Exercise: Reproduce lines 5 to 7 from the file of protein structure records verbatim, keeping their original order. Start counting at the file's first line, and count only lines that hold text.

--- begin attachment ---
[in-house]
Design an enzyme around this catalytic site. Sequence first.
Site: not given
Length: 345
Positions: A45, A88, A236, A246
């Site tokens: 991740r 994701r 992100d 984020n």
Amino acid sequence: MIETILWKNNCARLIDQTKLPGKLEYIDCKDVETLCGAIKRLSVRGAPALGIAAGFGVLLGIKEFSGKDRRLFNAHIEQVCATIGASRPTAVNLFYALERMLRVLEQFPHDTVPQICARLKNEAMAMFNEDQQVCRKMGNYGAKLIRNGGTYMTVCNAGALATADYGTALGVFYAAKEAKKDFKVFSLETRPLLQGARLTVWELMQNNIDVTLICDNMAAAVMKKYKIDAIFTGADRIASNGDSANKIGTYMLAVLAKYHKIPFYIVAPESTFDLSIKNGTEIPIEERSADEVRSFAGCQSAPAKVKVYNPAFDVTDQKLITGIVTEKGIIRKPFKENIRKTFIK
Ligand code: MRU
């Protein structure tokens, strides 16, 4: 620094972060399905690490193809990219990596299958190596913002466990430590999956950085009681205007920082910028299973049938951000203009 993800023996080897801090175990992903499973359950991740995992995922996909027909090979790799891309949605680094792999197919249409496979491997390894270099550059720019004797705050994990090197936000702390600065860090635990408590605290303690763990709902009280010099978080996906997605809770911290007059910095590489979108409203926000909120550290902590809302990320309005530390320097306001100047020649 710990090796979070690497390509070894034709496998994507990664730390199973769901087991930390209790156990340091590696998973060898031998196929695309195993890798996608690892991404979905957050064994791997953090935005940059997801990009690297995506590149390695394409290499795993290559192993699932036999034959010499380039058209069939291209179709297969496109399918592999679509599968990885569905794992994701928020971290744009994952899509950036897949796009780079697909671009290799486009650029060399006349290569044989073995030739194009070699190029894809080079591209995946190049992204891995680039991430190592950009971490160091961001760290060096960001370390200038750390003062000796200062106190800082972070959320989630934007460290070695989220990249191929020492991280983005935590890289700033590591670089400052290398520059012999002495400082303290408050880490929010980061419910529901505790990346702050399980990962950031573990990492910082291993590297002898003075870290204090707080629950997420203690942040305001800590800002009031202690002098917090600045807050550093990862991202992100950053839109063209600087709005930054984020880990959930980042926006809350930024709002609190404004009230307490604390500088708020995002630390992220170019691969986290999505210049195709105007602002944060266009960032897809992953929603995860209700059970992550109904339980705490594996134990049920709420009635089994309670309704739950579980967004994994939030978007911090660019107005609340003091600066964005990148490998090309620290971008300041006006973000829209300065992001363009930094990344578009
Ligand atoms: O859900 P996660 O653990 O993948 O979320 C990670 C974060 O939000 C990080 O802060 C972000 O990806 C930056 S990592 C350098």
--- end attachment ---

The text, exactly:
Positions: A45, A88, A236, A246
């Site tokens: 991740r 994701r 992100d 984020n």
Amino acid sequence: MIETILWKNNCARLIDQTKLPGKLEYIDCKDVETLCGAIKRLSVRGAPALGIAAGFGVLLGIKEFSGKDRRLFNAHIEQVCATIGASRPTAVNLFYALERMLRVLEQFPHDTVPQICARLKNEAMAMFNEDQQVCRKMGNYGAKLIRNGGTYMTVCNAGALATADYGTALGVFYAAKEAKKDFKVFSLETRPLLQGARLTVWELMQNNIDVTLICDNMAAAVMKKYKIDAIFTGADRIASNGDSANKIGTYMLAVLAKYHKIPFYIVAPESTFDLSIKNGTEIPIEERSADEVRSFAGCQSAPAKVKVYNPAFDVTDQKLITGIVTEKGIIRKPFKENIRKTFIK